Starbucks Is Offering Free Coffee to Front-Line Responders of the Coronavirus Pandemic
The coffee company is also donating $500,000 to support healthcare workers on the front lines of this crisis.
Health care workers, police and other first responders have always been our local superheroes, but now more than ever, they are putting their health on the line to keep us—and our loved ones—well. Chances are, you've seen images of nurses, doctors and other healthcare professionals with the hashtag #maskmarkings on social media that depict the grueling conditions and lack of supplies hospitals and clinics are facing right now.
Thankfully, businesses are stepping in to help bring relief—and Starbucks is the latest to step up to the plate. The coffee company announced today that it will be offering free coffee to front-line responders of the COVID-19 pandemic through May 3. Any customer who identifies as a first-line responder will receive a tall brewed coffee (hot or iced) for free. (Please don't take advantage of this if you are not a front-line responder, or I will send Liam Neeson's character from Taken to come find you.)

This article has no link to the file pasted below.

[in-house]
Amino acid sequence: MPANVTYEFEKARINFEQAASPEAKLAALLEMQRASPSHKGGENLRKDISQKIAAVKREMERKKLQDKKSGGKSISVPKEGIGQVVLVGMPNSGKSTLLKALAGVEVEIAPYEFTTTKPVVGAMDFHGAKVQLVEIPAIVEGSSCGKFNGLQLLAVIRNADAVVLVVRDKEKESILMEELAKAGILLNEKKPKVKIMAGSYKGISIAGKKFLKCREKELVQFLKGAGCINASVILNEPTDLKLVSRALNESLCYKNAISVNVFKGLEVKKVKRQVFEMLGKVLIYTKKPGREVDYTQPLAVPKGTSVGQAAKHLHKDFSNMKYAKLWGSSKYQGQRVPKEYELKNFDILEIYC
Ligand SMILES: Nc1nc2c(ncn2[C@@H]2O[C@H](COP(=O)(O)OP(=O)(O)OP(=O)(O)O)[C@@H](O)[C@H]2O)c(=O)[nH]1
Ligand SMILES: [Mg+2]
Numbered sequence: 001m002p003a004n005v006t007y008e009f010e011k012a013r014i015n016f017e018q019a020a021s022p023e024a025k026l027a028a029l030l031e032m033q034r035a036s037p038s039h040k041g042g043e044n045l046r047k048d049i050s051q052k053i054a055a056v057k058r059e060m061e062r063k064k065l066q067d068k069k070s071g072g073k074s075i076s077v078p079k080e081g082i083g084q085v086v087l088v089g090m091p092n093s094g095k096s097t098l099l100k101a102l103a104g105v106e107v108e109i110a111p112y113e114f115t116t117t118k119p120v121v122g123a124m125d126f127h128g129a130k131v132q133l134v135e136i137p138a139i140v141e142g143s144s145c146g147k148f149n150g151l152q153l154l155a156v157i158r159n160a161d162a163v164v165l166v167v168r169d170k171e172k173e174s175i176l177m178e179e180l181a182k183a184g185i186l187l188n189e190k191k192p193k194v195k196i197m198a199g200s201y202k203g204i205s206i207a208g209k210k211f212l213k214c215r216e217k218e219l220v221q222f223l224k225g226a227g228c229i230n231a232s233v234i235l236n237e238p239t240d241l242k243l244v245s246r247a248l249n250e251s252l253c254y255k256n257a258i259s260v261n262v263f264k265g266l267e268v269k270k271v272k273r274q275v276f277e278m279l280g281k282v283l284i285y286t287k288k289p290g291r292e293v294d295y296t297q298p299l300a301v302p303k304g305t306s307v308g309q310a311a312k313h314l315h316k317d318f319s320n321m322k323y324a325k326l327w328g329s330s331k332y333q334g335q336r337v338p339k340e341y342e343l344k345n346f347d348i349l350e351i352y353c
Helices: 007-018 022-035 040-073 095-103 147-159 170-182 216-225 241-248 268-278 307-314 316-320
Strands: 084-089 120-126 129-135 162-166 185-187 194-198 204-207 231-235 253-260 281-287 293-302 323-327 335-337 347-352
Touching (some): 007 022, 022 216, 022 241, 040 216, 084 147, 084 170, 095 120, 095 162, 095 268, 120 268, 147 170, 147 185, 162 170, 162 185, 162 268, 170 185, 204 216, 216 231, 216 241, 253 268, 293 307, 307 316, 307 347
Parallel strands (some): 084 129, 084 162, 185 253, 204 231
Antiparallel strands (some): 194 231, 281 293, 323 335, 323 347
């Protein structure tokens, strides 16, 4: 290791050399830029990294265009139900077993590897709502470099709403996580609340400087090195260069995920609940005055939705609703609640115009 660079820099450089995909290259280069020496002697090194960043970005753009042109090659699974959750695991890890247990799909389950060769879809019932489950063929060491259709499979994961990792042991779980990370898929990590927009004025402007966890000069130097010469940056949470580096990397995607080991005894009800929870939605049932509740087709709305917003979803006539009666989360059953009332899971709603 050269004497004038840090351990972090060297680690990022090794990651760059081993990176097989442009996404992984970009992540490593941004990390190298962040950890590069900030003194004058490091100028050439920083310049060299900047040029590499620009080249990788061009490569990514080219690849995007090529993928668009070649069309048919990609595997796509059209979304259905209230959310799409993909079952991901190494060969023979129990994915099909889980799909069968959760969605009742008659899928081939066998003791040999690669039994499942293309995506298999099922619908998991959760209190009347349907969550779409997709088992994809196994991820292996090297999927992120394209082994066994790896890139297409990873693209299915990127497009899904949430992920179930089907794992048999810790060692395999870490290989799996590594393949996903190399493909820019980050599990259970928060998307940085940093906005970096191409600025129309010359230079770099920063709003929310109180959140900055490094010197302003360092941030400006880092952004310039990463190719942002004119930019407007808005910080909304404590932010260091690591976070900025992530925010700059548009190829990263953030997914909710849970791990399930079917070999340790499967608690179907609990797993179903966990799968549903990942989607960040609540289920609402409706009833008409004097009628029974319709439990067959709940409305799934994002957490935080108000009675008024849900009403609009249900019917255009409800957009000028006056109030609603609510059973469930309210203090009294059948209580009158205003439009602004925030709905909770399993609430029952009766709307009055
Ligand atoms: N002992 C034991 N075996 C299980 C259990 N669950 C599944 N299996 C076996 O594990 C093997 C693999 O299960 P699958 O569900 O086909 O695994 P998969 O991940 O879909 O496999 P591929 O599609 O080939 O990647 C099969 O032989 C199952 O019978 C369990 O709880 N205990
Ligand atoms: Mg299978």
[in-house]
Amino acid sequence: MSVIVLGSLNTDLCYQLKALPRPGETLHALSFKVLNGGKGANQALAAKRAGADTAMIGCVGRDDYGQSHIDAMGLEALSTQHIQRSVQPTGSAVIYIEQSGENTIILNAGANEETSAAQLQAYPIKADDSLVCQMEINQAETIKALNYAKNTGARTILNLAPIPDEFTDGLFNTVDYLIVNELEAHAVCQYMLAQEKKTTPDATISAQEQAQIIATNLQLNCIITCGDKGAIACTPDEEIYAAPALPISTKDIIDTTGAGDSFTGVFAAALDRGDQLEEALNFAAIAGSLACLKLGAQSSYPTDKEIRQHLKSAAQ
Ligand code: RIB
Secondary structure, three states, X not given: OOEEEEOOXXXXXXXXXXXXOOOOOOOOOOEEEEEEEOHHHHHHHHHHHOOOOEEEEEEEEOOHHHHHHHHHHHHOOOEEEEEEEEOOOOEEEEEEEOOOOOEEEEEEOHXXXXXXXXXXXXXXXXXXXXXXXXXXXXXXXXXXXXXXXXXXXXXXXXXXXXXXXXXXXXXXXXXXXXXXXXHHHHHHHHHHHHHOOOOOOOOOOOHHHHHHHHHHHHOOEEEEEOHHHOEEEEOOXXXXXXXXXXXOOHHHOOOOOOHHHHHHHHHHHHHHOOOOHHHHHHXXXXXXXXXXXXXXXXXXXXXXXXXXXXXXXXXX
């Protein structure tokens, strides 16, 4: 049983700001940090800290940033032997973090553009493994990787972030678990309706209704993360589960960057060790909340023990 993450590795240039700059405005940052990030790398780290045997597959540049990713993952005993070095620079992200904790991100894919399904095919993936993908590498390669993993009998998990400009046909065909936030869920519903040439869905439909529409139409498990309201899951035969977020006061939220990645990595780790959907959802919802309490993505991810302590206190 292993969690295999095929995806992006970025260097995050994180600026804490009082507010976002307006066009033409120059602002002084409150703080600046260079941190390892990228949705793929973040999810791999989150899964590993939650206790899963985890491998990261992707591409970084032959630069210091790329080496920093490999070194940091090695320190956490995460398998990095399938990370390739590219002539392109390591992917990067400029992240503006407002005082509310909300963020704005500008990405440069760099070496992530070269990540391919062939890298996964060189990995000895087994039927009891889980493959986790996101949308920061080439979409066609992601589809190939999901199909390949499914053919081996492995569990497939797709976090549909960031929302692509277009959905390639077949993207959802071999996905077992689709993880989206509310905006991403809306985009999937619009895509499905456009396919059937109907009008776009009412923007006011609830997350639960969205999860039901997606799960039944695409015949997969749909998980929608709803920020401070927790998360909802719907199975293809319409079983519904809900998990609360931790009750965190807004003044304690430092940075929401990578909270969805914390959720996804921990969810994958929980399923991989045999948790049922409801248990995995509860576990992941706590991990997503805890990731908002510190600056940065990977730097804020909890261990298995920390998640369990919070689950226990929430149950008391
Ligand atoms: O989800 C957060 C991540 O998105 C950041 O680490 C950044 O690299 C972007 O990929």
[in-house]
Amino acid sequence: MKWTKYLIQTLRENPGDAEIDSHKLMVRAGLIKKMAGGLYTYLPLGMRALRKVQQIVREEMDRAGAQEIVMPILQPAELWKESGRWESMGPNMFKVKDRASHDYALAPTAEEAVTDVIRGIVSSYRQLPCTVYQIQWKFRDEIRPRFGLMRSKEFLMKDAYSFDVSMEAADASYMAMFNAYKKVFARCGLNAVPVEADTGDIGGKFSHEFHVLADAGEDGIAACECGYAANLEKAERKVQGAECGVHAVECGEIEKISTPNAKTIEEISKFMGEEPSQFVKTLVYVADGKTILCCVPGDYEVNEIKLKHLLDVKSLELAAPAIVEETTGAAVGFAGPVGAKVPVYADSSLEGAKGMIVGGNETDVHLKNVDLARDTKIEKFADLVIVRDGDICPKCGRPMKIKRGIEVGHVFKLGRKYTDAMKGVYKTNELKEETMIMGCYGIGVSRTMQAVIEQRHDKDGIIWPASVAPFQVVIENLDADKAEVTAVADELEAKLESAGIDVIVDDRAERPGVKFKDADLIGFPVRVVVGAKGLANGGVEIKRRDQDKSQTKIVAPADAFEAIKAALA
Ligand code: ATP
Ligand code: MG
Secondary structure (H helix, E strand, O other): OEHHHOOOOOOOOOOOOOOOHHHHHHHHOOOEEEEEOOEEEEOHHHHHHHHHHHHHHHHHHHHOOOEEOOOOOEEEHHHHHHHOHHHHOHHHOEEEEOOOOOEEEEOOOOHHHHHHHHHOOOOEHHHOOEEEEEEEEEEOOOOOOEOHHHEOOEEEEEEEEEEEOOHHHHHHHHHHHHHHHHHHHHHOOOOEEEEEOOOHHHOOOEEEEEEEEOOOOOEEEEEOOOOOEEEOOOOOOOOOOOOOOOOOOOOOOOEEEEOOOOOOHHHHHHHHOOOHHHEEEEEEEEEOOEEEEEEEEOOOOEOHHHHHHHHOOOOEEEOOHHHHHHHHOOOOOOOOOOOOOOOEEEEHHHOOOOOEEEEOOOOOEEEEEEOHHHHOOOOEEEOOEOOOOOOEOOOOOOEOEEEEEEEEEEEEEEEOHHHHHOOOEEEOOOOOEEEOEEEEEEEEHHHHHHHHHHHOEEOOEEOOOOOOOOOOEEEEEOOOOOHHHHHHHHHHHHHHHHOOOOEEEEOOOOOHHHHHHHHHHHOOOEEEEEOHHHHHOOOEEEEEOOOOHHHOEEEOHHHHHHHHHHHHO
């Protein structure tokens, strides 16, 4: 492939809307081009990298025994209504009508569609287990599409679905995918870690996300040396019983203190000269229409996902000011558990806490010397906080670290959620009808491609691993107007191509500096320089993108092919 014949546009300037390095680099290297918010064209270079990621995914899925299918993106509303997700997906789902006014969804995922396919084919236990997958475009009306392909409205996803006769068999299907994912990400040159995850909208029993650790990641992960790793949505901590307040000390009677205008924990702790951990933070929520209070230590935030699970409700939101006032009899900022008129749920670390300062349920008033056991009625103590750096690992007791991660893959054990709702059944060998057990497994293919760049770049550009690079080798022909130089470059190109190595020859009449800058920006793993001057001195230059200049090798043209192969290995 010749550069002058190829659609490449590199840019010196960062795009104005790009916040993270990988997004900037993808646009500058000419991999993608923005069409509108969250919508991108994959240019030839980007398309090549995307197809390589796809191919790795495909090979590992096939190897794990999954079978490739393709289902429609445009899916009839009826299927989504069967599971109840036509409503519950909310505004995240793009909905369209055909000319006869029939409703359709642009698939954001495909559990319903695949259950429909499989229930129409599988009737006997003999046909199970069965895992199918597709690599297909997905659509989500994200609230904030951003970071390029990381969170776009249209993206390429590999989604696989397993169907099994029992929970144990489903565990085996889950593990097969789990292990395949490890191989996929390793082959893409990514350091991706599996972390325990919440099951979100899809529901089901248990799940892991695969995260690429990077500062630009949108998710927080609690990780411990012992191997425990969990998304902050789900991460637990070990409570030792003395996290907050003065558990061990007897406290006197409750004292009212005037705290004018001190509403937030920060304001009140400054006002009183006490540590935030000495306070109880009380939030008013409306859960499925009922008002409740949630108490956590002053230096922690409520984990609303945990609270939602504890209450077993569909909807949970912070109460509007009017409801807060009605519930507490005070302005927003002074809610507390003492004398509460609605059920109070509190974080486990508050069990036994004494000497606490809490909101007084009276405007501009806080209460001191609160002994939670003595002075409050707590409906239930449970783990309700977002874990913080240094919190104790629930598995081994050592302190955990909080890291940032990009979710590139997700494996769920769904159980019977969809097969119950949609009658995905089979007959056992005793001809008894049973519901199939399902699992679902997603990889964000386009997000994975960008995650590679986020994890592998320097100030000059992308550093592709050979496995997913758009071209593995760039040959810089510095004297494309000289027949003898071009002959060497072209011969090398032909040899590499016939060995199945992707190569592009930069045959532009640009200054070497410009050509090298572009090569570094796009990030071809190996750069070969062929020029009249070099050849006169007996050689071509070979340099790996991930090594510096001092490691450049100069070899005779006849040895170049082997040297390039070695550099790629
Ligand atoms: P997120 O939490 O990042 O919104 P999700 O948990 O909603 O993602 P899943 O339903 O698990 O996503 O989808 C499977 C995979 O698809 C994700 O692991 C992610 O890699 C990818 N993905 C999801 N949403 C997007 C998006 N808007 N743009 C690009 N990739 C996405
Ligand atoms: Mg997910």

Starbucks partners around the globe have been delivering coffee to police stations, hospitals, grocery stores, nursing homes and other locations most impacted by this crisis for weeks, and Starbucks CEO Kevin Johnson says he wants to make it even easier to help those in need right now. The Starbucks Foundation also plans to donate $500,000 in aid and relief to front-line responders.
"I am inspired by our Starbucks store partners around the world who proudly wear the green apron and who are rising to the occasion. They demonstrate our resilience and our commitment to the communities we serve," Johnson wrote in an open letter to customers. "It is the responsibility of every business to care for its employees during this time of uncertainty, shared sacrifice, and common cause. I hope to see many business leaders across this country doing all they can to retain jobs, pay employees, continue benefits, and demonstrate compassion as they make critical decisions. Not every decision is a financial one."